Once France joined Britain's trade conflict with Spain, formally declaring war on Austria, Britain, and Sardinia in 1744, the war henceforth became concentrated on the Rhineland, the Netherlands—traditional areas of French interest—Italy, and the colonial sphere. The recognition of this prompted Britain's attempt to detach Frederick from France and secure his adhesion to the “Old System”—consisting of Britain, Holland, and Austria—which had safeguarded the European power balance since the days of Louis XIV. Frederick was not averse toward a connection with Britain but only on condition that the former accept the Prussian alliance as a substitute for that with Austria, correctly perceiving that Maria Theresa would never forget or forgive the loss of Silesia unless the Austro-British entente was completely severed; he could not risk an outright rupture with France. This problem remained unresolved until the Anglo-Prussian alliance concluded, under changed circumstances, in 1758.

Austrian forces, meanwhile, scored numerous victories in Italy which were counterbalanced by defeats in the Netherlands at the hands of Marshal de Saxe, whose gains at Fontenoy and Roucoux helped by Prussia's reentering the war, gave France virtual control of the Netherlands and placed her in an ideal position for a direct assault on the Dutch, thus far timid and irresolute, and their poorly defended Barrier fortifications. Possession of the Netherlands brought the French closer to northern Germany, threatened Hanover, George II's electorate, and posed potential dangers for Britain itself by making possible an enemy cross-Channel invasion.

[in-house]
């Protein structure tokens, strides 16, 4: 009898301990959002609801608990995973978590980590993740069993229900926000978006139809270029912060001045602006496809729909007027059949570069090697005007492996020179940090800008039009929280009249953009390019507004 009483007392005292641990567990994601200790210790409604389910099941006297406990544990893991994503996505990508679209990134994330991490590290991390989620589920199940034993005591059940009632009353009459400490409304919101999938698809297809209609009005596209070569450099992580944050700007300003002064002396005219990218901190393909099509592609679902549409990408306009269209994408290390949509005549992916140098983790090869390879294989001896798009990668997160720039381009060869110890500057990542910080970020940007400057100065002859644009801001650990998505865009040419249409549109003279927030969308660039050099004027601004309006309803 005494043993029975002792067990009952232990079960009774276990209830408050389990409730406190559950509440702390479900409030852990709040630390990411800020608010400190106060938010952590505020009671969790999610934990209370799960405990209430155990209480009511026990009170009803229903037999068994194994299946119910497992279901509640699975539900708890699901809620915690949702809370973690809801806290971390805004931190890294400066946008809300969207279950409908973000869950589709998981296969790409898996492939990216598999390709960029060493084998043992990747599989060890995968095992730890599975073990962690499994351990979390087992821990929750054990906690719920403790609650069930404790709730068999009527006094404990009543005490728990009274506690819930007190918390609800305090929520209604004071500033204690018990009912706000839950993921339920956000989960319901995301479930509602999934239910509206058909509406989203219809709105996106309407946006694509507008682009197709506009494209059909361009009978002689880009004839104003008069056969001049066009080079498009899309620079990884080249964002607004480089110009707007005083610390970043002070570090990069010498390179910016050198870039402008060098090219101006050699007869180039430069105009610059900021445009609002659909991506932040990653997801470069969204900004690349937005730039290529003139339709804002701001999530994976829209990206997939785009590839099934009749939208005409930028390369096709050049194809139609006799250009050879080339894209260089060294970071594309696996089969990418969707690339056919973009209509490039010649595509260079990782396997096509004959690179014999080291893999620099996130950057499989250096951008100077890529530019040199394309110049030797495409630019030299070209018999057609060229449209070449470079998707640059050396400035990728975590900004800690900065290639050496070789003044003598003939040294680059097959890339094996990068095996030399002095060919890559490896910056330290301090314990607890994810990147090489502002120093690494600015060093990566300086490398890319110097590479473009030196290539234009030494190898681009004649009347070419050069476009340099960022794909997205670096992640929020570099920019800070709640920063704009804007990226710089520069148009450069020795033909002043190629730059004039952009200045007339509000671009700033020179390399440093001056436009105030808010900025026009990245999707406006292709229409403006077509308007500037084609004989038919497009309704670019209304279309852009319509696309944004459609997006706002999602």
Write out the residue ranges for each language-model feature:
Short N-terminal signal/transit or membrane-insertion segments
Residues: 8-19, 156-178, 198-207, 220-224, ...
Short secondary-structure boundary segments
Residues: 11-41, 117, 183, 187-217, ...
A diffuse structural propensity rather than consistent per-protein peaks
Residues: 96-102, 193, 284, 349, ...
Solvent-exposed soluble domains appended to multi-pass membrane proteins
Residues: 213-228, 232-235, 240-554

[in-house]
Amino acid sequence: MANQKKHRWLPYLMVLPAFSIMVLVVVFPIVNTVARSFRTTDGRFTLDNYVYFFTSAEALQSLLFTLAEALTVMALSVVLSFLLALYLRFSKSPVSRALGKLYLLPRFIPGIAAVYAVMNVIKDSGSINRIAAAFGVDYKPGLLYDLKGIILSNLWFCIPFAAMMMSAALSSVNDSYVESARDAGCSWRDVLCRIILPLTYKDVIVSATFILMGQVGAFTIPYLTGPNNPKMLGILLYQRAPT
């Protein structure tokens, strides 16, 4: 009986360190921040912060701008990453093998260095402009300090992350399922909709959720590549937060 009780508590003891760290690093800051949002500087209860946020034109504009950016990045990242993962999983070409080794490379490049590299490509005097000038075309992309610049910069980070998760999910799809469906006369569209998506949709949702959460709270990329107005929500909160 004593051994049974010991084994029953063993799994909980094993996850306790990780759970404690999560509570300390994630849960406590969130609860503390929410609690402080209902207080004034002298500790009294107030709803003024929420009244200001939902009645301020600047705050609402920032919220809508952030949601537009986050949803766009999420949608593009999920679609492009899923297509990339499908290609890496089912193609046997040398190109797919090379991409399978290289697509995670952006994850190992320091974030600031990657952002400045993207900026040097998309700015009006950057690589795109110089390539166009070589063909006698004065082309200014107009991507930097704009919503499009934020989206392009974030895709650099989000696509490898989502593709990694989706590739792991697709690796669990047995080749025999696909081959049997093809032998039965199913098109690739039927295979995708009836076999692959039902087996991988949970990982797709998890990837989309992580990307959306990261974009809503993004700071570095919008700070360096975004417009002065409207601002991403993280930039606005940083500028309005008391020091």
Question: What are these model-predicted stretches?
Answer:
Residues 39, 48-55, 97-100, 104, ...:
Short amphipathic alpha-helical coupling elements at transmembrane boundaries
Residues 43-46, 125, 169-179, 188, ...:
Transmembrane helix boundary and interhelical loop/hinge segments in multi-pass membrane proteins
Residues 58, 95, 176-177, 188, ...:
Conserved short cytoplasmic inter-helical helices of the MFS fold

Ongoing colonial competition between the Bourbons and Britain also linked hostilities in central Europe to clashes overseas, thus expanding the geographic range of the War of the Austrian Succession. By the 1740s, colonial wars fought by maritime powers to strengthen their dominance over the world market economy had become an integral part of the chronic confrontation between European states. The success of French diplomacy in Balkan and imperial affairs, combined with an evident resurgence of French naval and commercial strength, reawakened Britain's traditional suspicions of Bourbon designs. These suspicions were given added force by France's military commitments to Spain during the latter's trade war with Britain resulting in French continental intervention and the sending of a French squadron to the Caribbean (1740) with orders to support a Spanish attack on Jamaica. Ending disastrously, this expedition momentarily stalled France's plans for active cooperation with Spain in the new world, while British operations against Caribbean and South American ports were largely confined to small-scale raids on shipping and futile attempts to isolate Spain from her colonies. A concurrent attempt to capture Cuba proved abortive, resulting in heavy British casualties. The remnant of the royal fleet returned to England in January 1743, by which time continental campaigning absorbed available army resources, both in troops and money. The navy and its commanders, moreover, came under attack nationwide for the ineffectiveness of their exploits. Great warships, it was being slowly realized, could only succeed with united, political support, a unified command, and proper deployment—all factors lacking thus far. Partly this was due to the declining but still potent stature of the pacifist leading minister, Sir Robert Walpole, who had opposed the war on principle from the outset and, unreconciled, continued to press for a diplomatic settlement with Spain even after costly operations had been launched. The policy of moderation, assiduously promoted by Walpole, ended with his fall in February 1742, and the entry of Carteret, an avowed continentalist, into the ministry. This led to a more energetic pursuit of the war, not only in Europe—primarily against France—but ultimately overseas, where imperial supremacy, whether French, British, or Spanish, was at stake. The clash of Anglo-French interests, henceforth more direct and urgent (further aggravated by France's support of the Stuart Pretender James), was the main reason for the continuance of the War of the Austrian Succession beyond 1745.